Tony Rennell on the year's best biographies

Rotters, radicals and rascals: From lusty Lucian to guilt-ridden Greene and wonderful Wordsworth, Tony Rennell on the year’s best biographies

  • Tony Rennell selects his choices for the best biographies from through the year
  • British literary critic picked out tomes to suit all budgets this Christmas
  • Among his choices was Radical Wordsworth by Jonathan Bate

RADICAL WORDSWORTH by Jonathan Bate (Collins £25, 608pp)

RADICAL WORDSWORTH

by Jonathan Bate (Collins £25, 608pp)

‘THE GIANT Wordsworth — God love him!’ wrote his friend, admirer and fellow poet Coleridge. It is a tribute that is lovingly and enthusiastically endorsed by leading literary scholar Jonathan Bate in this magnificent biography, my top pick of the year.

Wordsworth forged a connection to the natural world that now might seem old hat, but here we see not only how radically it differed from what had gone before, but how relevant it still is.

Bate lets us delight in much of the original verse — ‘In all shapes/He found a secret and mysterious soul,/A fragrance and a spirit of strange meaning’ — while backing it up with commentary, history, context and good old story-telling that is both erudite and utterly absorbing.

KISS MYSELF GOODBYE by Ferdinand Mount (Bloomsbury £25, 272pp)

KISS MYSELF GOODBYE

by Ferdinand Mount (Bloomsbury £25, 272pp)

WHAT A tangled web of deception upper-class Ferdinand Mount uncovers as he delves into the life of his very grand, very rich and very eccentric Aunt Betty. She insisted on being called Munca after Beatrix Potter’s bad mouse character, a suitable alias (one of many), he discovers, as his assiduous trawling through archives, wills and records turns up far-from-maidenly-aunt behaviour.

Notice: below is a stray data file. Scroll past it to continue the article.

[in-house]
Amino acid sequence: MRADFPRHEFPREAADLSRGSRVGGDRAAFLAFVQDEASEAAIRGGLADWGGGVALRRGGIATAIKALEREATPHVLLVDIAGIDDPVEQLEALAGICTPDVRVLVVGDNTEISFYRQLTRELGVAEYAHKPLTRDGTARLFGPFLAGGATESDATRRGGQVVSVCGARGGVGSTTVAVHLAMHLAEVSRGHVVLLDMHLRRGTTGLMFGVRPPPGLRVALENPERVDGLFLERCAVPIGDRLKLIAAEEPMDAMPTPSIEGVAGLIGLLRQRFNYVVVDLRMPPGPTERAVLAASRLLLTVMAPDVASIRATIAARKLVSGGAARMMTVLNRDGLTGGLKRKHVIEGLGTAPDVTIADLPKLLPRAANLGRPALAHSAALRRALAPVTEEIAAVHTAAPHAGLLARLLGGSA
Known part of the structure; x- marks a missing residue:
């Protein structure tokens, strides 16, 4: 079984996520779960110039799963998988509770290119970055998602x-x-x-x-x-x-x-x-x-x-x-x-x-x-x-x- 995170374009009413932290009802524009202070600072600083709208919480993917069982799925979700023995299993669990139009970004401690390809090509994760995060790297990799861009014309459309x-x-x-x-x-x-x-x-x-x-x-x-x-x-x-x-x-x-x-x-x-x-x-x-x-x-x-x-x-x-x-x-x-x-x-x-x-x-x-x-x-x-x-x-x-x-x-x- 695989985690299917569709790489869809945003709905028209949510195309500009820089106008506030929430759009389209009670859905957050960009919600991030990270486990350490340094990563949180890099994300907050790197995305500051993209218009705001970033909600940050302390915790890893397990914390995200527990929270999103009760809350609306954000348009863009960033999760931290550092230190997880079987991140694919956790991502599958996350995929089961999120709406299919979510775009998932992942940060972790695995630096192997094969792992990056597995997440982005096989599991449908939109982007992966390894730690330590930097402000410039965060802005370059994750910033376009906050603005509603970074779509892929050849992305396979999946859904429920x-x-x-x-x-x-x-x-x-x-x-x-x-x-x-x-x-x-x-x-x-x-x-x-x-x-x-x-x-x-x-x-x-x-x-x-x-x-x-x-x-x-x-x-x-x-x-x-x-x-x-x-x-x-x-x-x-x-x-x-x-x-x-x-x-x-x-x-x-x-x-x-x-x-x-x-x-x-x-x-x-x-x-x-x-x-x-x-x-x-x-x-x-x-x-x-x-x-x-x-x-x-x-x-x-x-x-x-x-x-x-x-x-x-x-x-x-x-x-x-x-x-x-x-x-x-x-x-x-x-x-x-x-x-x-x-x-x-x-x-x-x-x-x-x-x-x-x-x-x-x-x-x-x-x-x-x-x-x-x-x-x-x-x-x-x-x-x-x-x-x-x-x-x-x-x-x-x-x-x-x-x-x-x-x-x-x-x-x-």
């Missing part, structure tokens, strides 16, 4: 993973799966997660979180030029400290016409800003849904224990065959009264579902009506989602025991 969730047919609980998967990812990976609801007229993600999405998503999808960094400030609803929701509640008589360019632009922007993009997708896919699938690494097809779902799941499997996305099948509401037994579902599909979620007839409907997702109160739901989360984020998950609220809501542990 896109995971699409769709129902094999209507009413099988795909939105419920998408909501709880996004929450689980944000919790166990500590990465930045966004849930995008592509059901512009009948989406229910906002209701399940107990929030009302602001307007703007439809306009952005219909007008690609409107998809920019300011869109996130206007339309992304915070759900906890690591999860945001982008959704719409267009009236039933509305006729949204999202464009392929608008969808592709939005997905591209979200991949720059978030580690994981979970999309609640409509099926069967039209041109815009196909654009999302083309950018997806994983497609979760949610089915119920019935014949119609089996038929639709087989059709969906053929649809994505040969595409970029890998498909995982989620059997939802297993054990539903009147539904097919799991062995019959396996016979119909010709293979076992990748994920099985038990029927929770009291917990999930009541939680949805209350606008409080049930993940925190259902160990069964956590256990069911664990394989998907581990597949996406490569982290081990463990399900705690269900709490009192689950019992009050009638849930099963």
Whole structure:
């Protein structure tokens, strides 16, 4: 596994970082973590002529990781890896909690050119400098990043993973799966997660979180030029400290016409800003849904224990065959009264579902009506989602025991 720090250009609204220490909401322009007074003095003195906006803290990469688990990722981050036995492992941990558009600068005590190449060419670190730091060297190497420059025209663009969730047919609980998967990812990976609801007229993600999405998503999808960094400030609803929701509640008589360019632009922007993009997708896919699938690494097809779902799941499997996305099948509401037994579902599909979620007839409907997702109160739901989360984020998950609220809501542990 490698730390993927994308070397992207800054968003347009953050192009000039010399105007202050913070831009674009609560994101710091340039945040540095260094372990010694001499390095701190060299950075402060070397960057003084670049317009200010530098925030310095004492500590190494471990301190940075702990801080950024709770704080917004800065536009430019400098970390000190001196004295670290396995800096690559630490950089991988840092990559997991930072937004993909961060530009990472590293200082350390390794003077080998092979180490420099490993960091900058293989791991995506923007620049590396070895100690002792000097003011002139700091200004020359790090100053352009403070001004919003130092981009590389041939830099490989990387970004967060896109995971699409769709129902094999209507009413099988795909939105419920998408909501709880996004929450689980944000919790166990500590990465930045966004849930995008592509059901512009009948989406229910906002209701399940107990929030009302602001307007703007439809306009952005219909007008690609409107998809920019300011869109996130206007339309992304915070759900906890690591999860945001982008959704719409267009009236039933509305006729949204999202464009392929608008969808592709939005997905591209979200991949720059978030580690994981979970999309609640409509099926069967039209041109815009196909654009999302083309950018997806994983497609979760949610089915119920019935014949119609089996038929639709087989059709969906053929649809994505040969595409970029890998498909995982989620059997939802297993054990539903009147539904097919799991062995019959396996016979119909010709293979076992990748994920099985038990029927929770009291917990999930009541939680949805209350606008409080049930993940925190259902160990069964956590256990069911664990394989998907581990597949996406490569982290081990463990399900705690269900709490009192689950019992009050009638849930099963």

Lies, fraud, adultery, illegitimacy, multiple bigamy, false identities — all come tumbling out of the attic, his writing and detective work spell-binding as he tracks her back to her origins in the slums of Sheffield — the truth infinitely stranger and more intriguing than any fiction.

THE MYSTERY OF CHARLES DICKENS by AN Wilson (Atlantic £17.99, 368pp)

THE MYSTERY OF CHARLES DICKENS

by AN Wilson (Atlantic £17.99, 368pp)

HE WAS our greatest story-teller, with an unsurpassed eye for detail and drama, but his own character was a whodunnit of unresolved twists and turns.

From the mystery of his childhood to the circumstances of his death at just 58 from a stroke brought on by vigorous sex with his much younger mistress, the inconsistencies mount.

How, for example, could he be so passionately opposed to the injustices of Victorian England, while trying to condemn his own wronged wife to the mad house?

These paradoxes are masterfully and colourfully explained, without in any way detracting from his genius.

This is the stylish and outspoken A N Wilson at his provocative best.

STEPHEN HAWKING by Leonard Mlodinow (Allen Lane £20, 240pp)

STEPHEN HAWKING

by Leonard Mlodinow (Allen Lane £20, 240pp)

WHAT IS it like working alongside a man who is a scientist of genius and yet locked inside his own body by a cruel disease? Mlodinow, a physicist, knows, having spent seven years co-authoring two books with Stephen Hawking.